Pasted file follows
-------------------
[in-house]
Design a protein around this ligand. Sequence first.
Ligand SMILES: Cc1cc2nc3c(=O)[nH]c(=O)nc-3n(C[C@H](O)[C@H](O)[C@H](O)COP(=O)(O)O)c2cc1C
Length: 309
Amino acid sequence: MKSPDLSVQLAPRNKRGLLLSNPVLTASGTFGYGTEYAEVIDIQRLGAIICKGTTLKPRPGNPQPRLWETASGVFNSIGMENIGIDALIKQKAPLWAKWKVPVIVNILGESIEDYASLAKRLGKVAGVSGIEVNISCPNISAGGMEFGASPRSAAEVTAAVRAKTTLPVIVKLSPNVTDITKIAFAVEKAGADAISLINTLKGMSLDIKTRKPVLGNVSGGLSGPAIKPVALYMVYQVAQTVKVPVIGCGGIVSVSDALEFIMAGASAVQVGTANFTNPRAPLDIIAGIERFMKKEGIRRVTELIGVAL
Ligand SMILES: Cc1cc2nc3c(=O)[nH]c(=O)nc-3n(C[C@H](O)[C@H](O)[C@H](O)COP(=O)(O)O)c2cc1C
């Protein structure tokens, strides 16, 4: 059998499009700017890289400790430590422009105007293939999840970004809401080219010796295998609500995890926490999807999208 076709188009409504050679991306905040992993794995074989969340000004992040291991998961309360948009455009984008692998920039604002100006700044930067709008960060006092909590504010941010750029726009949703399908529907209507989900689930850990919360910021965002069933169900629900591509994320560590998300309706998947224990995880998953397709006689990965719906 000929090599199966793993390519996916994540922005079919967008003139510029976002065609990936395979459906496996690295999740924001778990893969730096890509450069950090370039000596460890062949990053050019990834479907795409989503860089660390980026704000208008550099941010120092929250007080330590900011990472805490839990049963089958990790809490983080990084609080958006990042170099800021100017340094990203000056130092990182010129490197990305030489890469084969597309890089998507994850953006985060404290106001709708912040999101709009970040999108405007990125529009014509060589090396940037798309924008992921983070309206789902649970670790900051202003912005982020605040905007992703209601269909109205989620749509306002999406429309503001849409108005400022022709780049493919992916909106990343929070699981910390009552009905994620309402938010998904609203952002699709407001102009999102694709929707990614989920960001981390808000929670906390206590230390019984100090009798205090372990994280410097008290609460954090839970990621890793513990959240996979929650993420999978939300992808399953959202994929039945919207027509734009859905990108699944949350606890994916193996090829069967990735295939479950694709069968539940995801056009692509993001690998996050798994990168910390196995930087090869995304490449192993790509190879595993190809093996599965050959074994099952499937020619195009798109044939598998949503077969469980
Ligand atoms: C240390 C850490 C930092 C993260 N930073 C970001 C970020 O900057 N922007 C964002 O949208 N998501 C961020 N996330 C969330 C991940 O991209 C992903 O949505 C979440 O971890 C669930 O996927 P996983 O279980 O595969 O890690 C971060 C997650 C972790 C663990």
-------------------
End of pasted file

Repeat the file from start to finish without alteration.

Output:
[in-house]
Design a protein around this ligand. Sequence first.
Ligand SMILES: Cc1cc2nc3c(=O)[nH]c(=O)nc-3n(C[C@H](O)[C@H](O)[C@H](O)COP(=O)(O)O)c2cc1C
Length: 309
Amino acid sequence: MKSPDLSVQLAPRNKRGLLLSNPVLTASGTFGYGTEYAEVIDIQRLGAIICKGTTLKPRPGNPQPRLWETASGVFNSIGMENIGIDALIKQKAPLWAKWKVPVIVNILGESIEDYASLAKRLGKVAGVSGIEVNISCPNISAGGMEFGASPRSAAEVTAAVRAKTTLPVIVKLSPNVTDITKIAFAVEKAGADAISLINTLKGMSLDIKTRKPVLGNVSGGLSGPAIKPVALYMVYQVAQTVKVPVIGCGGIVSVSDALEFIMAGASAVQVGTANFTNPRAPLDIIAGIERFMKKEGIRRVTELIGVAL
Ligand SMILES: Cc1cc2nc3c(=O)[nH]c(=O)nc-3n(C[C@H](O)[C@H](O)[C@H](O)COP(=O)(O)O)c2cc1C
């Protein structure tokens, strides 16, 4: 059998499009700017890289400790430590422009105007293939999840970004809401080219010796295998609500995890926490999807999208 076709188009409504050679991306905040992993794995074989969340000004992040291991998961309360948009455009984008692998920039604002100006700044930067709008960060006092909590504010941010750029726009949703399908529907209507989900689930850990919360910021965002069933169900629900591509994320560590998300309706998947224990995880998953397709006689990965719906 000929090599199966793993390519996916994540922005079919967008003139510029976002065609990936395979459906496996690295999740924001778990893969730096890509450069950090370039000596460890062949990053050019990834479907795409989503860089660390980026704000208008550099941010120092929250007080330590900011990472805490839990049963089958990790809490983080990084609080958006990042170099800021100017340094990203000056130092990182010129490197990305030489890469084969597309890089998507994850953006985060404290106001709708912040999101709009970040999108405007990125529009014509060589090396940037798309924008992921983070309206789902649970670790900051202003912005982020605040905007992703209601269909109205989620749509306002999406429309503001849409108005400022022709780049493919992916909106990343929070699981910390009552009905994620309402938010998904609203952002699709407001102009999102694709929707990614989920960001981390808000929670906390206590230390019984100090009798205090372990994280410097008290609460954090839970990621890793513990959240996979929650993420999978939300992808399953959202994929039945919207027509734009859905990108699944949350606890994916193996090829069967990735295939479950694709069968539940995801056009692509993001690998996050798994990168910390196995930087090869995304490449192993790509190879595993190809093996599965050959074994099952499937020619195009798109044939598998949503077969469980
Ligand atoms: C240390 C850490 C930092 C993260 N930073 C970001 C970020 O900057 N922007 C964002 O949208 N998501 C961020 N996330 C969330 C991940 O991209 C992903 O949505 C979440 O971890 C669930 O996927 P996983 O279980 O595969 O890690 C971060 C997650 C972790 C663990």